The modern day equivalent would be unintentional mistakes on taxes. Once discovered, we have to make it up and if it is significant, pay a penalty. There is a big difference between unintentional sins and intentional ones. Just ask the IRS when a person purposely cheated. They are usually lenient if the person confesses and comes to them. However, it the IRS finds out and prosecutes, the consequences are quite different.
The way God deals with sin in the sacrifices is a foreshadow of our own judicial system. But we must remember that these laws had a greater purpose. They were to show that we couldn’t possibly keep them all perfectly (Gal 2:16, James 2:10). God is gracious in providing a way to have atonement through the law, but it was a foreshadow of what Jesus would do for all sins for all time (Heb 10:1).
Psalm: The first four verses of the Psalm simply tell the depth of wickedness there is in the hearts of those who don’t know God. They think they are OK and they aren’t satisfied unless they are plotting evil. It is a very good description of the world. They either deny the existence of God or don’t believe that God will find out or do anything about it. We should never underestimate the ability and desire of unsaved people to do or plan what is against God.
But God’s love and righteousness are unlimited. They stretch to the heavens. As far as we can see and beyond is a picture of how infinite they are. This love is not for the aforementioned wicked people, it is for those take refuge in God. The rivers of his delight expresses how abundant are our lives, not in wealth, but in righteousness and joy because we are in his presence. We can only partake of that when we are walking in his light giving us light to see.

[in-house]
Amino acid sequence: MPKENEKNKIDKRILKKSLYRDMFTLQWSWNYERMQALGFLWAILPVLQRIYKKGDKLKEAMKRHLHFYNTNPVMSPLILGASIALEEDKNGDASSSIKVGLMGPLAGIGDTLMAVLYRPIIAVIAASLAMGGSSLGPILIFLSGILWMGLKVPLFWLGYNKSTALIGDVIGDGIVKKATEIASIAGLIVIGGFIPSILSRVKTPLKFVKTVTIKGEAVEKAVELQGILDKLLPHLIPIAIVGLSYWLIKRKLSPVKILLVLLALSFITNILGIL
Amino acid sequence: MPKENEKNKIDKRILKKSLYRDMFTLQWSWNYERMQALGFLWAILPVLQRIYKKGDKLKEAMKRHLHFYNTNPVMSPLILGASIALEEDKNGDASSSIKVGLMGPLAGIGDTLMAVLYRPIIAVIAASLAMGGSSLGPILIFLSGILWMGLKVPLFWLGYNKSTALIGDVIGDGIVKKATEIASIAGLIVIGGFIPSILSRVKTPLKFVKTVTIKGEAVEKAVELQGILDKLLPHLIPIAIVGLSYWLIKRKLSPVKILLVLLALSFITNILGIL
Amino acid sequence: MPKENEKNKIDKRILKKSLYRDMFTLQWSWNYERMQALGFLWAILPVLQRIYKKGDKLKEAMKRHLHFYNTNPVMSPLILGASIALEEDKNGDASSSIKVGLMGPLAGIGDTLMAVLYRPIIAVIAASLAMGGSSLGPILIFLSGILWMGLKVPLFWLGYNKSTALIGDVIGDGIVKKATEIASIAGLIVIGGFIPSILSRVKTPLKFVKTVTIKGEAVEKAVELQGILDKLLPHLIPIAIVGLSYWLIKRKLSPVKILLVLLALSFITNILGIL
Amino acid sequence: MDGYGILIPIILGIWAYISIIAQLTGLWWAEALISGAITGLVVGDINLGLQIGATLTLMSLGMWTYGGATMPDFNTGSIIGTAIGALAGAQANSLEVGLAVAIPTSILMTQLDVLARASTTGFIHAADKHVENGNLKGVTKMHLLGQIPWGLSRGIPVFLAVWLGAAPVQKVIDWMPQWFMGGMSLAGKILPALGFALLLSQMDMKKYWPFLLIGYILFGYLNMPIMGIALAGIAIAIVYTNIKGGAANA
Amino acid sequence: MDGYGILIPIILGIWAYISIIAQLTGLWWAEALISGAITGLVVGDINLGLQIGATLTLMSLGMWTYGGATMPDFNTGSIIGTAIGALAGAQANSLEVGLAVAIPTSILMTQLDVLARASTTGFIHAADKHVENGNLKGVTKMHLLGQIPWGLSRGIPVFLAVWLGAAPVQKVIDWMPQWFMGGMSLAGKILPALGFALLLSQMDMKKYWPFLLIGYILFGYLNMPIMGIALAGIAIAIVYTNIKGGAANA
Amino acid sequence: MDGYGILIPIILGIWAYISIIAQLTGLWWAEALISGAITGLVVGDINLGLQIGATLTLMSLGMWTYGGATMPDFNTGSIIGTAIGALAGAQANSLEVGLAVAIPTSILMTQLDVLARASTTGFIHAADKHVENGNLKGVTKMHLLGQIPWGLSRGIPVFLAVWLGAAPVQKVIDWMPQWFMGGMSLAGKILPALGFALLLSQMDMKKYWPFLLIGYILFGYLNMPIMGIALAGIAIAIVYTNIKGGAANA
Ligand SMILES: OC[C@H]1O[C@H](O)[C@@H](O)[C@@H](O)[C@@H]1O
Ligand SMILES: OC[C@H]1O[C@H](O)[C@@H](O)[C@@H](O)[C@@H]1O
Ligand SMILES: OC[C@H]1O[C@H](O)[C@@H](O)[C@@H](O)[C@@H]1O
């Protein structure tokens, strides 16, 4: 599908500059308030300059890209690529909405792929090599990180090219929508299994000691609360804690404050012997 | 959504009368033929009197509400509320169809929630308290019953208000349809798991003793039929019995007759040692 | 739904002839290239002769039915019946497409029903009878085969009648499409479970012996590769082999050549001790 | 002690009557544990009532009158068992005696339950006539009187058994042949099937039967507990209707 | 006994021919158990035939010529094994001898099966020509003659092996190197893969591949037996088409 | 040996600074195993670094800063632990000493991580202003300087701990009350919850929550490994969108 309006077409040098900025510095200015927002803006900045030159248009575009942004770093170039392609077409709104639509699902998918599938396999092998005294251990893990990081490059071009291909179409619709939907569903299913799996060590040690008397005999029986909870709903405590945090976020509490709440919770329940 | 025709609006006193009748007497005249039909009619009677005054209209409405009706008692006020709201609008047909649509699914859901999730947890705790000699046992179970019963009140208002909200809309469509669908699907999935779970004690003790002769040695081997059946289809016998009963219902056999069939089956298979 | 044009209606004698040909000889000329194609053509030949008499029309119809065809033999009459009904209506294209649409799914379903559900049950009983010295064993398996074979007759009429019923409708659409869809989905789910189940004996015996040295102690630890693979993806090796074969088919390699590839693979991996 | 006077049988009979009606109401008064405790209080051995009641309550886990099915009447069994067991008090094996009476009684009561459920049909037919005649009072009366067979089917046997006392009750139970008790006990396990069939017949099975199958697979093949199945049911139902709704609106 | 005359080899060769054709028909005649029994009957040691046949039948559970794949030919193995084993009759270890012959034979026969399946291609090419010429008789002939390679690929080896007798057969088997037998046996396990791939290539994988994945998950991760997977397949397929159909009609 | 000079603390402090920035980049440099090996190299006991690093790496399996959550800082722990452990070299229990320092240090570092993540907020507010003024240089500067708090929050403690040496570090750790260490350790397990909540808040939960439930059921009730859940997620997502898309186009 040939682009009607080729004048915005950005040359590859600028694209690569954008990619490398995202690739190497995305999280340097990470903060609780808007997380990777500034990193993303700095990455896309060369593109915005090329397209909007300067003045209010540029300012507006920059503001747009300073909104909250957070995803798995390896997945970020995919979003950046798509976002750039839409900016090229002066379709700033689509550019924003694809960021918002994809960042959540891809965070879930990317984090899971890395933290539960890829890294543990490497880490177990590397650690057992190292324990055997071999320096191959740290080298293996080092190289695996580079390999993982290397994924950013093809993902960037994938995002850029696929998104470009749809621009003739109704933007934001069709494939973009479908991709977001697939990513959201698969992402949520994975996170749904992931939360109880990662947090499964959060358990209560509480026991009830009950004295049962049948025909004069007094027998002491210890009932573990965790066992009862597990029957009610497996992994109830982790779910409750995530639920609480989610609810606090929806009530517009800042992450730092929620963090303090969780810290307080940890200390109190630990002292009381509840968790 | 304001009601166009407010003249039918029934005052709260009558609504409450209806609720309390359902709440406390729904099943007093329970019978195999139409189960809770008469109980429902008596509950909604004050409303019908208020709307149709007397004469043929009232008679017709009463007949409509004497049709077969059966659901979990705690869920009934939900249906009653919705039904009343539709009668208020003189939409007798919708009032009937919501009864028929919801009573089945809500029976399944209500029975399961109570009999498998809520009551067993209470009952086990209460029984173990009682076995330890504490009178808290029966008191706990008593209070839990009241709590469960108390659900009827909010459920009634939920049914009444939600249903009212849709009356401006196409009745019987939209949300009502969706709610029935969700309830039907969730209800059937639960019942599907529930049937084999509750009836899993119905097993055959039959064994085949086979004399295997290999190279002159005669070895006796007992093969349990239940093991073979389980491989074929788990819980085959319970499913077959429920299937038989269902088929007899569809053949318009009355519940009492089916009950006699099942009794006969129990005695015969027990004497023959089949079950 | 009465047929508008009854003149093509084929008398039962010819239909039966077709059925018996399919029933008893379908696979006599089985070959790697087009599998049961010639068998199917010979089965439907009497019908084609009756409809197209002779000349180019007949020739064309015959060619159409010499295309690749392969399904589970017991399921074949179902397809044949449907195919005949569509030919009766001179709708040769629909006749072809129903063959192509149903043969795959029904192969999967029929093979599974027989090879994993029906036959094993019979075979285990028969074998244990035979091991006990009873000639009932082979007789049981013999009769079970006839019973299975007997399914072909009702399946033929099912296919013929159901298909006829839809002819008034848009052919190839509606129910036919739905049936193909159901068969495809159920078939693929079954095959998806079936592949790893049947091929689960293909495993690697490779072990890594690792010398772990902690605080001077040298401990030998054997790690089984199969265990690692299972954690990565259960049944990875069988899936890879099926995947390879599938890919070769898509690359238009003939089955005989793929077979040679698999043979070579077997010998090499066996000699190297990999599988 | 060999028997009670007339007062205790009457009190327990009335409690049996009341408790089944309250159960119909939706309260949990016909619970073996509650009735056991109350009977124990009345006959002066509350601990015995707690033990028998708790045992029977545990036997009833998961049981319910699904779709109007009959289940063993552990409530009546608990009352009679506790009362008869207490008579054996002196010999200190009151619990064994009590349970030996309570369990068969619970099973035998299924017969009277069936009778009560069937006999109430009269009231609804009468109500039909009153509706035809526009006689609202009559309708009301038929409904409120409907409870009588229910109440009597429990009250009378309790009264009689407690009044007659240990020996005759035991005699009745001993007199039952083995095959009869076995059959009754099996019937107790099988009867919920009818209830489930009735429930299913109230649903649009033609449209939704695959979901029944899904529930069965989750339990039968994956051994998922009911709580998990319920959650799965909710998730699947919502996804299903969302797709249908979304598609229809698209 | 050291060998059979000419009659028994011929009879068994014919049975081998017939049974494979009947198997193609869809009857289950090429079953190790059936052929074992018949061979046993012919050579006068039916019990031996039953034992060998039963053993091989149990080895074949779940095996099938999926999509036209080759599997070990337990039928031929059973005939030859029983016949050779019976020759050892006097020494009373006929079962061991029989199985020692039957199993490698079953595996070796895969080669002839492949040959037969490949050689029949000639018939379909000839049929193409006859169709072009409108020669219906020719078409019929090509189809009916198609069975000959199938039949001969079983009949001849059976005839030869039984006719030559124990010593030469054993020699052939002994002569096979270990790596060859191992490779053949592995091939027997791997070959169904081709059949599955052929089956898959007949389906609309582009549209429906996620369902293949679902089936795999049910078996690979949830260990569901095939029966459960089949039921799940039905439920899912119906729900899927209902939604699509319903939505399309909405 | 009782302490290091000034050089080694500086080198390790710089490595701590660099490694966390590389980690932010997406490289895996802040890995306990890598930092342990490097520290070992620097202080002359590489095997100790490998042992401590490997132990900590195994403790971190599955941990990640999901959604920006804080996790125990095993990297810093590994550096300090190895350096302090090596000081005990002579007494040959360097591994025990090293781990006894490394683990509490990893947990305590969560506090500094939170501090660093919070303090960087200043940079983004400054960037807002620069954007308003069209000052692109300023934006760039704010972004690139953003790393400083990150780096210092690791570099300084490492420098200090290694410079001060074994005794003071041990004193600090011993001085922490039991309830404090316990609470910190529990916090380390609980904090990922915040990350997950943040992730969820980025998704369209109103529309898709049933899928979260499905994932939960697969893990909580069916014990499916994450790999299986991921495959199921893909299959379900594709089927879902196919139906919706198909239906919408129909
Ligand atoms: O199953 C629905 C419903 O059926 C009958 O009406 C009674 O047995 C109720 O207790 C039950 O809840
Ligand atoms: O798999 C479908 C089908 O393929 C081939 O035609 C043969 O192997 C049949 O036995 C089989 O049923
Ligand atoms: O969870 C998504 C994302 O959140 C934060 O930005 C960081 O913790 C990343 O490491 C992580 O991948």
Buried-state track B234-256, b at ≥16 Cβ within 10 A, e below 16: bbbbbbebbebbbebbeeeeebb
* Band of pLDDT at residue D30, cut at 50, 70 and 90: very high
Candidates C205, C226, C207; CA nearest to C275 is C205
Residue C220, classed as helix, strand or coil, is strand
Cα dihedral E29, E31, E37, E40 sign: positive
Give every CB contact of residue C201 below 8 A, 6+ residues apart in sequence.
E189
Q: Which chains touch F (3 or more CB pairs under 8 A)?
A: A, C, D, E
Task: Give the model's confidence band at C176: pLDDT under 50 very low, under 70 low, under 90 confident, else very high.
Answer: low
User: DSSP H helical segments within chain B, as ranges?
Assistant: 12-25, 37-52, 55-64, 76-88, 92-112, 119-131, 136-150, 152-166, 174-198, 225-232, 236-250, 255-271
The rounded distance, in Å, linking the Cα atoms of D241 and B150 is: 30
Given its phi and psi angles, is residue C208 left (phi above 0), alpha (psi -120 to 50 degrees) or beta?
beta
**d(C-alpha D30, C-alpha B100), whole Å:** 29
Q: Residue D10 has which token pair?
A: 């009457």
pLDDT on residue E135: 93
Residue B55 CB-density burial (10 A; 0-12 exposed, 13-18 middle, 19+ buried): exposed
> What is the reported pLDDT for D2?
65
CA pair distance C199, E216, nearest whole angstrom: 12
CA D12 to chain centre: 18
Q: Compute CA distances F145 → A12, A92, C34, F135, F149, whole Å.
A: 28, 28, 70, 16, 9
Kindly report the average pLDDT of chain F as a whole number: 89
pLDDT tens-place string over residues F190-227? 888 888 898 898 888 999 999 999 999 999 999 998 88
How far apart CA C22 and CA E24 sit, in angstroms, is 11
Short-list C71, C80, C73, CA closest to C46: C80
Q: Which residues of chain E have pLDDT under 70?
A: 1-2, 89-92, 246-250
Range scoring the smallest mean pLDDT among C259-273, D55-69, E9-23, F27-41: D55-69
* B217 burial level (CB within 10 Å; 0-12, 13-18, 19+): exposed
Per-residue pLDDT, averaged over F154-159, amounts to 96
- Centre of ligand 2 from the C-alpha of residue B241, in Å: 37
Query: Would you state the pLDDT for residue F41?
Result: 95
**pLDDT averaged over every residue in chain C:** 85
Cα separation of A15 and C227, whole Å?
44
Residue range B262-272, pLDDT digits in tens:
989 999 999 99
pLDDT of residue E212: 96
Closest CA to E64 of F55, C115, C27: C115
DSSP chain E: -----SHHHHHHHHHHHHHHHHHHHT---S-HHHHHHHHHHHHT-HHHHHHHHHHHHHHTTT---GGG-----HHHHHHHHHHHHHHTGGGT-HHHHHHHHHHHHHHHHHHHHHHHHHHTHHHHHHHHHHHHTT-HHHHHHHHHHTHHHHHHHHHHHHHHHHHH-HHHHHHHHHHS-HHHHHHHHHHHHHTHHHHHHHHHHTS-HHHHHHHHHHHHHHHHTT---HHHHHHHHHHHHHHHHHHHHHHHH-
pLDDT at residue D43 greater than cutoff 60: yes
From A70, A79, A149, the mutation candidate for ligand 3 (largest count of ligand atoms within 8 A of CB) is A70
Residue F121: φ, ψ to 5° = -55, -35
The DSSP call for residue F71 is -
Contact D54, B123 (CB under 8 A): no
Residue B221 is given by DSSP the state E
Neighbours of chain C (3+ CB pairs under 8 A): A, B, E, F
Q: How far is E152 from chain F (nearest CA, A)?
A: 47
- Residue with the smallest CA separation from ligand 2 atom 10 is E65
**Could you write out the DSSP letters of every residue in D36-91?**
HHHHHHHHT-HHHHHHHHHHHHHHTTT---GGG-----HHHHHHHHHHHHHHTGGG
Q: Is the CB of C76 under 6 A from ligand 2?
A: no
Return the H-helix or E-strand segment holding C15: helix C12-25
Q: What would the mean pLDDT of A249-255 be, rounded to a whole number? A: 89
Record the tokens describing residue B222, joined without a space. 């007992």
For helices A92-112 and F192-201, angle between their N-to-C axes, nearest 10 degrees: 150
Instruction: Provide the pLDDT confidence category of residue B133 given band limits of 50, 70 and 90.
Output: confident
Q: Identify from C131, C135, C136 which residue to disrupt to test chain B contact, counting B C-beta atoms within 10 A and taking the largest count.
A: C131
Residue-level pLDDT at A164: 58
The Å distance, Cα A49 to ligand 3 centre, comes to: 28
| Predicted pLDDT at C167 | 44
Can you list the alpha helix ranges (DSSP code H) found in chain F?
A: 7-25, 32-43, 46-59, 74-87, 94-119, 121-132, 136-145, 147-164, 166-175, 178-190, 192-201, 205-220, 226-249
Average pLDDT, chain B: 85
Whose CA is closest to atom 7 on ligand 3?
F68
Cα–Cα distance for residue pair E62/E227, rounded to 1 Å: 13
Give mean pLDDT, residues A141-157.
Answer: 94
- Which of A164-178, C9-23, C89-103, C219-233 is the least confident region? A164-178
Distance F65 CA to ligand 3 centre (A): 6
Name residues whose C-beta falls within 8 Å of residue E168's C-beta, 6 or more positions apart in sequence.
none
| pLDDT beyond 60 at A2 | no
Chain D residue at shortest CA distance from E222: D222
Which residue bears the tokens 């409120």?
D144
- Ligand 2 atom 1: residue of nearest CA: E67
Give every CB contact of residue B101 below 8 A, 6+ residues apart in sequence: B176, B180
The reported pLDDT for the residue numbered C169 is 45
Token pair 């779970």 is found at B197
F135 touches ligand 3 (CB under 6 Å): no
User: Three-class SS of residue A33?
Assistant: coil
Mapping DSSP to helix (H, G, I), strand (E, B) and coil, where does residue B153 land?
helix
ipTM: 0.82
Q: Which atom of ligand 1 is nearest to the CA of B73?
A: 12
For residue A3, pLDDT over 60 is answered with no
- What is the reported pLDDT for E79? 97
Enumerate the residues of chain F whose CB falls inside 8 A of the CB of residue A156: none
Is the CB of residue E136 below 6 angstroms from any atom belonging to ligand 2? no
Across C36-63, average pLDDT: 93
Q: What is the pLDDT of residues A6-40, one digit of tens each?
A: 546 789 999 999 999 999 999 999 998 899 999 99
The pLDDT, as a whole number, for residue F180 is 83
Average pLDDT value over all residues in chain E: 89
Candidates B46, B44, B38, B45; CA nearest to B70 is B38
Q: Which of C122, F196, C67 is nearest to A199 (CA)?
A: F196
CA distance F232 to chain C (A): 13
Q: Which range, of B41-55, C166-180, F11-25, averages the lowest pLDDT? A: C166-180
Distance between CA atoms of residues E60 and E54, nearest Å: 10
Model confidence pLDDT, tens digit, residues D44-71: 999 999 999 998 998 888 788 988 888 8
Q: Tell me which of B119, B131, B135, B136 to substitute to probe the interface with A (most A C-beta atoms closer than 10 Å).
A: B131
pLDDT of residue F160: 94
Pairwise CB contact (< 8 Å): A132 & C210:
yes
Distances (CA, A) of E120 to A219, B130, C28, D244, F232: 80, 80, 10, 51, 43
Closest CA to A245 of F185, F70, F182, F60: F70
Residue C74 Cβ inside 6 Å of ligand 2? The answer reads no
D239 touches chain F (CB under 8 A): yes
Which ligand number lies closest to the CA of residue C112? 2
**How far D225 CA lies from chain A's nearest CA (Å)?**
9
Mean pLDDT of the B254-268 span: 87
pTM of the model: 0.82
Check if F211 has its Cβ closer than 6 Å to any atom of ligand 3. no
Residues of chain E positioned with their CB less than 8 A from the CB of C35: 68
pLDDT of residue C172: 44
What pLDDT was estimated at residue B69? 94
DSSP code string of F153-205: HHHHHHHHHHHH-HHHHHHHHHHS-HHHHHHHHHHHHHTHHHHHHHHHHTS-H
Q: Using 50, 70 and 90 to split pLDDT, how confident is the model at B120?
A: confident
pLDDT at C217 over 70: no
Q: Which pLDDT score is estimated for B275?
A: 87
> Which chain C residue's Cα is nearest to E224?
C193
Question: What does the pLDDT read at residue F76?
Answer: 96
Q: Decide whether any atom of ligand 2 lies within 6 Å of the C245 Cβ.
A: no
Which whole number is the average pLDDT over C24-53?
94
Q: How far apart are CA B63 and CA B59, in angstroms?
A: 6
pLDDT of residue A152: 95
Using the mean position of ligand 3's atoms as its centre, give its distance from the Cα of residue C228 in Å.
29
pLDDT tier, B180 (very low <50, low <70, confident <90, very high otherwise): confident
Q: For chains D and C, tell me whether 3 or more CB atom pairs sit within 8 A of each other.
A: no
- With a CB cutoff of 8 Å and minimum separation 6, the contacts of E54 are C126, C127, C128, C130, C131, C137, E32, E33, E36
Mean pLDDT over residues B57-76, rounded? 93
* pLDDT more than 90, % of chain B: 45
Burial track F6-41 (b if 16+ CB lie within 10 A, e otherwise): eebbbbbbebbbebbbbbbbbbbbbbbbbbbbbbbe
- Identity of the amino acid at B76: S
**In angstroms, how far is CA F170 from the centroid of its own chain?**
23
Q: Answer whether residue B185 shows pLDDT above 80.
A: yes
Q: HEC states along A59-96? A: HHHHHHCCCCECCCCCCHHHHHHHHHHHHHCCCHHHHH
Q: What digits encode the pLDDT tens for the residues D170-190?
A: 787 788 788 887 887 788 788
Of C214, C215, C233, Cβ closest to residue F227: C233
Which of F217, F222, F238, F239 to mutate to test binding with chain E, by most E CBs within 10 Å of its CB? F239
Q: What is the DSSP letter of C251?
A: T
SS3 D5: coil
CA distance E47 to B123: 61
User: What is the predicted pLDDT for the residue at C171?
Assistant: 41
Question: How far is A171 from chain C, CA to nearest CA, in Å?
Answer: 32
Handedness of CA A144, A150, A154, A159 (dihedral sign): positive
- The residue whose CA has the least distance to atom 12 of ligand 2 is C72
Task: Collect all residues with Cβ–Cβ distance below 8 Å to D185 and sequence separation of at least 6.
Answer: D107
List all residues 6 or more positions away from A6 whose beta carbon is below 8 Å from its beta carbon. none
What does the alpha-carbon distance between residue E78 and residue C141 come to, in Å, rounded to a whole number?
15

David’s prayer not to be driven away from God by the wicked is something we should all pray. It is easy to look at the world and be tempted by its delights. The bottom line, though is that their end is to be crushed flat instead of eternity with Jesus.
Proverbs: It’s too bad that many fathers in this world want to push their sons into many things but neglect what is important. We should be more pleased with a son who is walking in integrity and wisdom even if he doesn’t excel in sports or scholastics over a son who excels in these things but is foolish. Mothers probably do the same, but they also have a keen sense of sorrow when their children are wayward.
Mark: I wonder what the Pharisees thought after Jesus said he came to call sinners, not the righteous. The way we act today, I suspect they did the same. They probably thought for a few minutes that it was very appropriate. He was associating with the sinners. Since he isn’t having dinner with me, that means I’m righteous and in no need of salvation. It’s the old “I’m better than the sinner” complex. We can see the sins of those around us, especially those who are often “down and out.” But, we can’t see our own sins.
Even John’s disciples were having a problem with Jesus’ new way of relating with people and even with God. They had spent much time with John, who fasted and even denied himself physical pleasures in his ascetic lifestyle. He went so far as to eat only locust and honey. So here is Jesus and his disciples eating well, dining with tax collectors who could afford the good food. Jesus assures them that things will be different after he is gone, but the important thing is to realize that Jesus brought something new. He brought the kingdom of God. Trying to stuff the kingdom of God into the framework of the Pharisees or even John’s austere lifestyle is not going to work.
We run into the same problem with traditional churches. “We’ve always done it this way,” they claim when people want to make changes. They look around and see that out of one hundred people, eighty-five are retired and only twenty-five are younger; only a few of those still have children at home. But they don’t want to change because they are afraid that their wineskins will break. Indeed, some do break when their songs are not the “good old hymns.” They complain and gripe. But the real problem isn’t that the new is bad, the problem is that they put traditions and comfort before the moving of the Holy Spirit. The result is a slow death for those who are unwilling to march to the Lord’s tune.